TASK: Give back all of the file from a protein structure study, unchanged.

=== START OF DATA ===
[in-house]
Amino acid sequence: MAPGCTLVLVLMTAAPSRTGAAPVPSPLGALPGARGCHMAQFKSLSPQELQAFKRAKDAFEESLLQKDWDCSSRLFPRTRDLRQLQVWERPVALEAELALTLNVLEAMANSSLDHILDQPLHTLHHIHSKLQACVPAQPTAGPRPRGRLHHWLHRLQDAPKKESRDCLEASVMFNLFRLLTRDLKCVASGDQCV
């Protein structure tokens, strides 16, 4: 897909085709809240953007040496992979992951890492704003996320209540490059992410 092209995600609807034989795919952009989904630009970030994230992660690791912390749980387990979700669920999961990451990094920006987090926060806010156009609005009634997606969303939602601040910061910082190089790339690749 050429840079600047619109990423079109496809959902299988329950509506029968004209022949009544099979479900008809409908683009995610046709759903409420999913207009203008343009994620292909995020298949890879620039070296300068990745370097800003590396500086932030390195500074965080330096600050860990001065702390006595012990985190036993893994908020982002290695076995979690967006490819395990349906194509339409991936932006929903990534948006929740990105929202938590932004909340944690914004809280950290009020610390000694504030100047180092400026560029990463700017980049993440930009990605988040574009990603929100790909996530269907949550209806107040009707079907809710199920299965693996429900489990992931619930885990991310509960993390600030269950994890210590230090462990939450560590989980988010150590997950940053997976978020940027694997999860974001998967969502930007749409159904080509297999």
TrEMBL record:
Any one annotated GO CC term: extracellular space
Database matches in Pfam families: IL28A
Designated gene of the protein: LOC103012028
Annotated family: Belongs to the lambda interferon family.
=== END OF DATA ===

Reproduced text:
[in-house]
Amino acid sequence: MAPGCTLVLVLMTAAPSRTGAAPVPSPLGALPGARGCHMAQFKSLSPQELQAFKRAKDAFEESLLQKDWDCSSRLFPRTRDLRQLQVWERPVALEAELALTLNVLEAMANSSLDHILDQPLHTLHHIHSKLQACVPAQPTAGPRPRGRLHHWLHRLQDAPKKESRDCLEASVMFNLFRLLTRDLKCVASGDQCV
């Protein structure tokens, strides 16, 4: 897909085709809240953007040496992979992951890492704003996320209540490059992410 092209995600609807034989795919952009989904630009970030994230992660690791912390749980387990979700669920999961990451990094920006987090926060806010156009609005009634997606969303939602601040910061910082190089790339690749 050429840079600047619109990423079109496809959902299988329950509506029968004209022949009544099979479900008809409908683009995610046709759903409420999913207009203008343009994620292909995020298949890879620039070296300068990745370097800003590396500086932030390195500074965080330096600050860990001065702390006595012990985190036993893994908020982002290695076995979690967006490819395990349906194509339409991936932006929903990534948006929740990105929202938590932004909340944690914004809280950290009020610390000694504030100047180092400026560029990463700017980049993440930009990605988040574009990603929100790909996530269907949550209806107040009707079907809710199920299965693996429900489990992931619930885990991310509960993390600030269950994890210590230090462990939450560590989980988010150590997950940053997976978020940027694997999860974001998967969502930007749409159904080509297999």
TrEMBL record:
Any one annotated GO CC term: extracellular space
Database matches in Pfam families: IL28A
Designated gene of the protein: LOC103012028
Annotated family: Belongs to the lambda interferon family.